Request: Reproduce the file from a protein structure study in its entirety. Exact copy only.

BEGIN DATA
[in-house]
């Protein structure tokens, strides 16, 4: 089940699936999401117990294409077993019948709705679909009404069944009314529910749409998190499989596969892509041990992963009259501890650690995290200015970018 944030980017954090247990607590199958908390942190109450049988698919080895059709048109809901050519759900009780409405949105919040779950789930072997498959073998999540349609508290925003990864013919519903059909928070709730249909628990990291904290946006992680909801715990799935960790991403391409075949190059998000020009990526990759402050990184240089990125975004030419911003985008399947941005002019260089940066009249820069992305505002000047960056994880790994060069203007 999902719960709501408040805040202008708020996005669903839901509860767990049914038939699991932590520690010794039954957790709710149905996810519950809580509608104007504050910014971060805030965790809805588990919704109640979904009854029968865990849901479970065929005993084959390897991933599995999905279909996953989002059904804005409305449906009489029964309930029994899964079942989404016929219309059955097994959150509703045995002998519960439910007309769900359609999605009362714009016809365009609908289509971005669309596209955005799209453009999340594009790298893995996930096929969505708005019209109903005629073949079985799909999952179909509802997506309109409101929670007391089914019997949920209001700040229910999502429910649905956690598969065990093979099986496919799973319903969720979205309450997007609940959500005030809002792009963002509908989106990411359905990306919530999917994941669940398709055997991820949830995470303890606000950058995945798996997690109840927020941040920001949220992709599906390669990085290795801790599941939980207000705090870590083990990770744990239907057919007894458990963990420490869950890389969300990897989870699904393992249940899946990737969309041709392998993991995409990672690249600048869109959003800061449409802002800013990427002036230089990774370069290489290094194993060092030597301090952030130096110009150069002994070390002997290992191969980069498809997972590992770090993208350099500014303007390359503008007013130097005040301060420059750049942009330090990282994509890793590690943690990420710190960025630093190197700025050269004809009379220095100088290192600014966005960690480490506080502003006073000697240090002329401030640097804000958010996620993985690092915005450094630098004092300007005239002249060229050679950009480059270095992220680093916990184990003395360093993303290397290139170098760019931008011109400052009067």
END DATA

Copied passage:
[in-house]
């Protein structure tokens, strides 16, 4: 089940699936999401117990294409077993019948709705679909009404069944009314529910749409998190499989596969892509041990992963009259501890650690995290200015970018 944030980017954090247990607590199958908390942190109450049988698919080895059709048109809901050519759900009780409405949105919040779950789930072997498959073998999540349609508290925003990864013919519903059909928070709730249909628990990291904290946006992680909801715990799935960790991403391409075949190059998000020009990526990759402050990184240089990125975004030419911003985008399947941005002019260089940066009249820069992305505002000047960056994880790994060069203007 999902719960709501408040805040202008708020996005669903839901509860767990049914038939699991932590520690010794039954957790709710149905996810519950809580509608104007504050910014971060805030965790809805588990919704109640979904009854029968865990849901479970065929005993084959390897991933599995999905279909996953989002059904804005409305449906009489029964309930029994899964079942989404016929219309059955097994959150509703045995002998519960439910007309769900359609999605009362714009016809365009609908289509971005669309596209955005799209453009999340594009790298893995996930096929969505708005019209109903005629073949079985799909999952179909509802997506309109409101929670007391089914019997949920209001700040229910999502429910649905956690598969065990093979099986496919799973319903969720979205309450997007609940959500005030809002792009963002509908989106990411359905990306919530999917994941669940398709055997991820949830995470303890606000950058995945798996997690109840927020941040920001949220992709599906390669990085290795801790599941939980207000705090870590083990990770744990239907057919007894458990963990420490869950890389969300990897989870699904393992249940899946990737969309041709392998993991995409990672690249600048869109959003800061449409802002800013990427002036230089990774370069290489290094194993060092030597301090952030130096110009150069002994070390002997290992191969980069498809997972590992770090993208350099500014303007390359503008007013130097005040301060420059750049942009330090990282994509890793590690943690990420710190960025630093190197700025050269004809009379220095100088290192600014966005960690480490506080502003006073000697240090002329401030640097804000958010996620993985690092915005450094630098004092300007005239002249060229050679950009480059270095992220680093916990184990003395360093993303290397290139170098760019931008011109400052009067």